Play Laser Tag:

We all know how much kids love playing video games, but what if they could actually participate in real life? One afternoon of laser tag can help exercise both the mind and body, not to mention you and your kids will have a blast. Now that’s what we call a win-win!

Visit a Park:

Weather permitting, hiking and scenic walks in local parks are fantastic and inexpensive ways to exercise with your kids and teach them to appreciate Mother Nature up close and personal. Get outside and get your blood pumping together — you may create some lasting memories as well as a lifelong habit of staying in shape.

See more at:

Celebrate Whole Grains Month!

September 28th, 2015

whole grains monthExcerpt from

Now here’s some good health news: Nearly two-thirds of Americans say they are heeding the Dietary Guidelines advice to “make at least half your grains whole,” with the majority of Americans eating more whole grains than they did five years ago.

The Boston-based non-profit Oldways Whole Grains Council (WGC) released these findings and others from the 2015 Whole Grains Consumer Insights Survey in time for September’s Whole Grains Month.

“For years, most people came nowhere close to whole grain recommendations, so it is encouraging to see that many are now benefiting from switching more of the grains they eat to whole grains,” said Cynthia Harriman, director of food and nutrition strategies, Oldways Whole Grains Council. “The next step is tempting Americans to expand their whole grain palates beyond bread, cereal and brown rice to delicious grains like spelt, farro, amaranth and teff.”

The push toward whole grains comes as studies show that eating whole grains lowers the risk of many chronic diseases, including heart disease and diabetes. Other benefits include reduced risk of asthma, healthier blood pressure levels, and better weight control.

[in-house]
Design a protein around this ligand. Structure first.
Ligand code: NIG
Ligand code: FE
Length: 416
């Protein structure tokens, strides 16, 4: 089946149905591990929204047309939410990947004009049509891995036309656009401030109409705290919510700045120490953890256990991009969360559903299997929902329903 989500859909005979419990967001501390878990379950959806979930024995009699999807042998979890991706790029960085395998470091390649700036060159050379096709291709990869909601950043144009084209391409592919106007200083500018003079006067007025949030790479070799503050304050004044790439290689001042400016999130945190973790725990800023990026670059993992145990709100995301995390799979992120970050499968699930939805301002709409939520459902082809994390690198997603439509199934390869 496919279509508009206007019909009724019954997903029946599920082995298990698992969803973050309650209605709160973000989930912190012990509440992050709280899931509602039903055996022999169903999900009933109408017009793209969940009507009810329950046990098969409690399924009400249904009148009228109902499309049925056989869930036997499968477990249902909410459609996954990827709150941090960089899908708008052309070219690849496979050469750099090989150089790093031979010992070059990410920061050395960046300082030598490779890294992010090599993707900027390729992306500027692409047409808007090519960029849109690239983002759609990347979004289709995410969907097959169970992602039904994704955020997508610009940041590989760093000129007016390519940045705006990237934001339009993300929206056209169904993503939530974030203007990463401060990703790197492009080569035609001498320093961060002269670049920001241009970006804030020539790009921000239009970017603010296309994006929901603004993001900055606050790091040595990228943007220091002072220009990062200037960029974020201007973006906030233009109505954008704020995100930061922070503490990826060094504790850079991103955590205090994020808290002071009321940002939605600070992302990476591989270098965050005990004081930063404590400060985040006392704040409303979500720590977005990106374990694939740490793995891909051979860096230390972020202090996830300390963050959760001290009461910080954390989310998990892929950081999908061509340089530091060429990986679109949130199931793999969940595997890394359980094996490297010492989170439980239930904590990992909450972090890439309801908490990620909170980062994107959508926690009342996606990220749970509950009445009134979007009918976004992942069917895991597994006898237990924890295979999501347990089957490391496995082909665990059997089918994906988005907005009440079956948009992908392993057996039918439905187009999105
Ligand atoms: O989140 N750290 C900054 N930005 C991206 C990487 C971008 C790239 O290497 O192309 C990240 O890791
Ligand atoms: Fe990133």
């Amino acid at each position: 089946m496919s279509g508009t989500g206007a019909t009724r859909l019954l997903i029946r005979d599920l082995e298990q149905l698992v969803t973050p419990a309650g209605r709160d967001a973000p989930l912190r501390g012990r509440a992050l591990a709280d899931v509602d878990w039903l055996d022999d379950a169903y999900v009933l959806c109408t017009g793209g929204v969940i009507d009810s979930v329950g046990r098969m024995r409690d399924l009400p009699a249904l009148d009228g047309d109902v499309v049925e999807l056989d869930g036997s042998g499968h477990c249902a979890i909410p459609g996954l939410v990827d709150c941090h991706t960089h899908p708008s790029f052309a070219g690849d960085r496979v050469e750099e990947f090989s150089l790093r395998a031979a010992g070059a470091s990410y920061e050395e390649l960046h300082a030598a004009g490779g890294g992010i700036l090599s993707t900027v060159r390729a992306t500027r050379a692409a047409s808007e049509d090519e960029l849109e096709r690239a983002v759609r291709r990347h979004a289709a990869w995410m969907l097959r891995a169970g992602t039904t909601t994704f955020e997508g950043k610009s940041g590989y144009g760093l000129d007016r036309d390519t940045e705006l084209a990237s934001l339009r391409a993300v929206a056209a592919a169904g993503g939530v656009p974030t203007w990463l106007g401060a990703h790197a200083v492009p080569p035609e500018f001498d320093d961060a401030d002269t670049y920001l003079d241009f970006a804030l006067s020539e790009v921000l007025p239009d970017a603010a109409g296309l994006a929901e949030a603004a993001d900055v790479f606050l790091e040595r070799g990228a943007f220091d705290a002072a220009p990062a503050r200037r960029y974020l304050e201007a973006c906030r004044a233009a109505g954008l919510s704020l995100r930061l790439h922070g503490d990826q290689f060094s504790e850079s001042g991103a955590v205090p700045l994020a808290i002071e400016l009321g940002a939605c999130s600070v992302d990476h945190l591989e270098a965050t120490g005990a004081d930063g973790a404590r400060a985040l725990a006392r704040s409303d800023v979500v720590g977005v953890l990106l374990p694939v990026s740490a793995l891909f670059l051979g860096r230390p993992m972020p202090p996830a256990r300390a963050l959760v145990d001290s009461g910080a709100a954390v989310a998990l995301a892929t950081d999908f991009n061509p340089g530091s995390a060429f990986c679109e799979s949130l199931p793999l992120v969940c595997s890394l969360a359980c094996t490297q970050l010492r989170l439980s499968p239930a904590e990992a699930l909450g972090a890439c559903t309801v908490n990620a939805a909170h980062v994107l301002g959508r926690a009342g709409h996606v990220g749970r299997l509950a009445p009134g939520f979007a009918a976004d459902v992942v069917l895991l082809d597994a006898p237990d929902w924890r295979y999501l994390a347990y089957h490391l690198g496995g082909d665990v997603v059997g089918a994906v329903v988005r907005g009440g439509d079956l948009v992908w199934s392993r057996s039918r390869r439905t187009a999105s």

For the survey, the Oldways Whole Grains Council asked Americans about their whole grain habits and here’s what they found:

Whole grain consumption is up!
  • Nearly two-thirds, or 64 percent (64%), have increased whole grain consumption “some” or “a lot” in the last 5 years.
  • Whole grain lovers really love their whole grains. In fact, 2 in 3 respondents who nearly always choose whole grains now have increased their whole grain consumption a great deal compared to 5 years ago.
Choosing whole grains more often
  • Almost one-third of respondents (31%) say they nearly always choose whole grains. Five years ago, just 4 percent would have said this.
  • Another 32 percent choose whole grains about half the time.
  • That means 63 percent are making more than half their grains whole, good news since the 2015 Dietary Guidelines, due out this fall, are expected to continue with this recommendation as they have since 2005.
Whole grains are popular morning fuel
  • Breakfast remains the biggest eating occasion for whole grains, followed by dinner and then lunch. On average, 37 percent of daily whole grains are consumed at breakfast, 27 percent at dinner, 22 percent at lunch and just 14 percent as snacks.
  • People eat nearly 30 percent more whole grain breakfast cereal (hot or cold) than refined.
Health messages are getting through
  • Nearly 9 out of 10 (86%) of those who consume whole grains do so for the health benefits.
  • Forty percent (40%) choose whole grains because they enjoy the taste.
  • Cost was named as the leading barrier to eating more whole grains (39%).
  • Availability can also be a barrier (28%) – as many restaurants don’t offer whole grain choices.
Gluten confusion